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Personality and risk for postpartum depressive symptoms
Uppsala University, Disciplinary Domain of Medicine and Pharmacy, Faculty of Medicine, Department of Women's and Children's Health, Obstetrics and Gynaecology. (Reproduktiv hälsa/Sundström Poromaa)
Uppsala University, Disciplinary Domain of Medicine and Pharmacy, Faculty of Medicine, Department of Neuroscience, Psychiatry, University Hospital.
Uppsala University, Disciplinary Domain of Medicine and Pharmacy, Faculty of Medicine, Department of Women's and Children's Health, Obstetrics and Gynaecology. (Reproduktiv hälsa)
Uppsala University, Disciplinary Domain of Medicine and Pharmacy, Faculty of Medicine, Department of Women's and Children's Health, Obstetrics and Gynaecology. (Reproduktiv hälsa/Sundström Poromaa)
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2015 (English)In: Archives of Women's Mental Health, ISSN 1434-1816, E-ISSN 1435-1102, Vol. 18, no 3, 539-546 p.Article in journal (Refereed) Published
Abstract [en]

Postpartum depression (PPD) is a common childbirth complication, affecting 10-15 % of newly delivered mothers. This study aims to assess the association between personality factors and PPD. All pregnant women during the period September 2009 to September 2010, undergoing a routine ultrasound at Uppsala University Hospital, were invited to participate in the BASIC study, a prospective study designed to investigate maternal well-being. Depressive symptoms were assessed with the Edinburgh Postnatal Depression Scale (EPDS) while the Depression Self-Rating Scale (DSRS) was used as a diagnostic tool for major depression. Personality traits were evaluated using the Swedish Universities Scale of Personality (SSP). One thousand thirty-seven non-depressed pregnant women were included in the study. Non-depressed women reporting high levels of neuroticism in late pregnancy were at high risk of developing postpartum depressive symptoms (PPDSs) at 6 weeks and 6 months after delivery, even after adjustment for confounders (adjusted odds ratio (aOR) = 3.4, 95 % confidence interval (CI) 1.8-6.5 and adjusted odds ratio (aOR) = 3.9, 95 % CI 1.9-7.9). The same was true for a DSRS-based diagnosis of major depression at 6 months postpartum. Somatic trait anxiety and psychic trait anxiety were associated with increased risk for PPDS at 6 weeks (aOR = 2.1, 95 % CI 1.2-3.5 and aOR = 1.9, 95 % CI 1.1-3.1), while high scores of mistrust were associated with a twofold increased risk for PPDS at 6 months postpartum (aOR 1.9, 95 % CI 1.1-3.4). Non-depressed pregnant women with high neuroticism scores have an almost fourfold increased risk to develop depressive symptoms postpartum, and the association remains robust even after controlling for most known confounders. Clinically, this could be of importance for health care professionals working with pregnant and newly delivered women.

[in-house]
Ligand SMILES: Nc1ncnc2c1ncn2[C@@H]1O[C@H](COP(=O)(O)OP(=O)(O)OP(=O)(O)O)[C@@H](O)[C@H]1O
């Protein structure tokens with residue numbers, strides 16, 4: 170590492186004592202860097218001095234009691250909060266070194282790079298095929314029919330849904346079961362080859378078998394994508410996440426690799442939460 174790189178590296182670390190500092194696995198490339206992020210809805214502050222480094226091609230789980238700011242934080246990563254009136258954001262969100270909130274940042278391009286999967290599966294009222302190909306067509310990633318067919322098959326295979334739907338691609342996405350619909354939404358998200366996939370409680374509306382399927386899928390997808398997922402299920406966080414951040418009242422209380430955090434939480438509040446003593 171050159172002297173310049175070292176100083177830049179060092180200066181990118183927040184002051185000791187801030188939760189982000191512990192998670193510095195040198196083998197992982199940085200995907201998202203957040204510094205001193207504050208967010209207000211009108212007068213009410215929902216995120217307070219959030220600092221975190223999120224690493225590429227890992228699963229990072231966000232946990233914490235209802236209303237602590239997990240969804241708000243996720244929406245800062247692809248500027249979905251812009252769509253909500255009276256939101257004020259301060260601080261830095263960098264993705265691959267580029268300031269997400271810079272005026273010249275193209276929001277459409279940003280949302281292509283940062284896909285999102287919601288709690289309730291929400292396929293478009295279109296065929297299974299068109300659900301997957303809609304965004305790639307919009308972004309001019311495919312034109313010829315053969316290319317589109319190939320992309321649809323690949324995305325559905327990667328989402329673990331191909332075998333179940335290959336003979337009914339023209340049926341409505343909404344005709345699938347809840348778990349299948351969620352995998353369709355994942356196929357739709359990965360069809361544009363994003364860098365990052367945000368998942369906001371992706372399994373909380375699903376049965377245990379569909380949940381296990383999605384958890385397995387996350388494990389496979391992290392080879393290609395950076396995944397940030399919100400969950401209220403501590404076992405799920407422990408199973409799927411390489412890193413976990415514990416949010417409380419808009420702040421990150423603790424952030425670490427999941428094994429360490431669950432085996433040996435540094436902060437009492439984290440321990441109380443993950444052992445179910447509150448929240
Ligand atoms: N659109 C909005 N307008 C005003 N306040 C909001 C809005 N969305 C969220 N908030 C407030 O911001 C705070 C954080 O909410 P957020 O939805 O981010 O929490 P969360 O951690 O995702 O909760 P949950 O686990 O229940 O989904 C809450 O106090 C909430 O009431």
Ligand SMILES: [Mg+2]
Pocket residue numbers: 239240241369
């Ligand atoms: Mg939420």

Place, publisher, year, edition, pages
2015. Vol. 18, no 3, 539-546 p.
National Category
Obstetrics, Gynecology and Reproductive Medicine Psychiatry
Identifiers
URN: urn:nbn:se:uu:diva-240437DOI: 10.1007/s00737-014-0478-8ISI: 000354707100012PubMedID: 25369905OAI: oai:DiVA.org:uu-240437DiVA: diva2:776540
Funder
Swedish Research Council, 521-2010-3293
Available from: 2015-01-07 Created: 2015-01-07 Last updated: 2017-12-05

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Iliadis, Stavros IKoulouris, PetrosGingnell, MalinSylvén, Sara MSundström-Poromaa, IngerEkselius, LisaPapadopoulos, Fotis CSkalkidou, Alkistis

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Iliadis, Stavros IKoulouris, PetrosGingnell, MalinSylvén, Sara MSundström-Poromaa, IngerEkselius, LisaPapadopoulos, Fotis CSkalkidou, Alkistis
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Obstetrics and GynaecologyPsychiatry, University Hospital
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Archives of Women's Mental Health
Obstetrics, Gynecology and Reproductive MedicinePsychiatry

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